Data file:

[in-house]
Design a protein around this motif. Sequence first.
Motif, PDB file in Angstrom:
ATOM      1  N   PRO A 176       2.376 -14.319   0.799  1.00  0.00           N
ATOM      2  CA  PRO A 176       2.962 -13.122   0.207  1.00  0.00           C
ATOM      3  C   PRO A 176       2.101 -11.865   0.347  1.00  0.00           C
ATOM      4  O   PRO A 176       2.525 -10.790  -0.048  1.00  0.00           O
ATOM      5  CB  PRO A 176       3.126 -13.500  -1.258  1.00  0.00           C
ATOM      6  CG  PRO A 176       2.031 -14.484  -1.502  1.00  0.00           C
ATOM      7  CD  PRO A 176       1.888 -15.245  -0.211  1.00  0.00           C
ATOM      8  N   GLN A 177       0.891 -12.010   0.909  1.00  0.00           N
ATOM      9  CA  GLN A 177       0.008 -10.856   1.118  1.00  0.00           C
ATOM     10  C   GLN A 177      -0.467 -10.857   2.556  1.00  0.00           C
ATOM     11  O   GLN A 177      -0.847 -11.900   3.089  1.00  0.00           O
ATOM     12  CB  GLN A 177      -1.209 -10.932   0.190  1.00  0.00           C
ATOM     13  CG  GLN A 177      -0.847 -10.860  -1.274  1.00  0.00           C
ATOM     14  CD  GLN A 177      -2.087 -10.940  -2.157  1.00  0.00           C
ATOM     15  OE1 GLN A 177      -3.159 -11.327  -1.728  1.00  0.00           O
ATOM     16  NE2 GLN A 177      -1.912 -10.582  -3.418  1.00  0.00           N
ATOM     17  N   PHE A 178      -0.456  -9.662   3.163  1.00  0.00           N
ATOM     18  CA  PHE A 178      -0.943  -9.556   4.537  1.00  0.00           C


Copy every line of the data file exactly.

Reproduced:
[in-house]
Design a protein around this motif. Sequence first.
Motif, PDB file in Angstrom:
ATOM      1  N   PRO A 176       2.376 -14.319   0.799  1.00  0.00           N
ATOM      2  CA  PRO A 176       2.962 -13.122   0.207  1.00  0.00           C
ATOM      3  C   PRO A 176       2.101 -11.865   0.347  1.00  0.00           C
ATOM      4  O   PRO A 176       2.525 -10.790  -0.048  1.00  0.00           O
ATOM      5  CB  PRO A 176       3.126 -13.500  -1.258  1.00  0.00           C
ATOM      6  CG  PRO A 176       2.031 -14.484  -1.502  1.00  0.00           C
ATOM      7  CD  PRO A 176       1.888 -15.245  -0.211  1.00  0.00           C
ATOM      8  N   GLN A 177       0.891 -12.010   0.909  1.00  0.00           N
ATOM      9  CA  GLN A 177       0.008 -10.856   1.118  1.00  0.00           C
ATOM     10  C   GLN A 177      -0.467 -10.857   2.556  1.00  0.00           C
ATOM     11  O   GLN A 177      -0.847 -11.900   3.089  1.00  0.00           O
ATOM     12  CB  GLN A 177      -1.209 -10.932   0.190  1.00  0.00           C
ATOM     13  CG  GLN A 177      -0.847 -10.860  -1.274  1.00  0.00           C
ATOM     14  CD  GLN A 177      -2.087 -10.940  -2.157  1.00  0.00           C
ATOM     15  OE1 GLN A 177      -3.159 -11.327  -1.728  1.00  0.00           O
ATOM     16  NE2 GLN A 177      -1.912 -10.582  -3.418  1.00  0.00           N
ATOM     17  N   PHE A 178      -0.456  -9.662   3.163  1.00  0.00           N
ATOM     18  CA  PHE A 178      -0.943  -9.556   4.537  1.00  0.00           C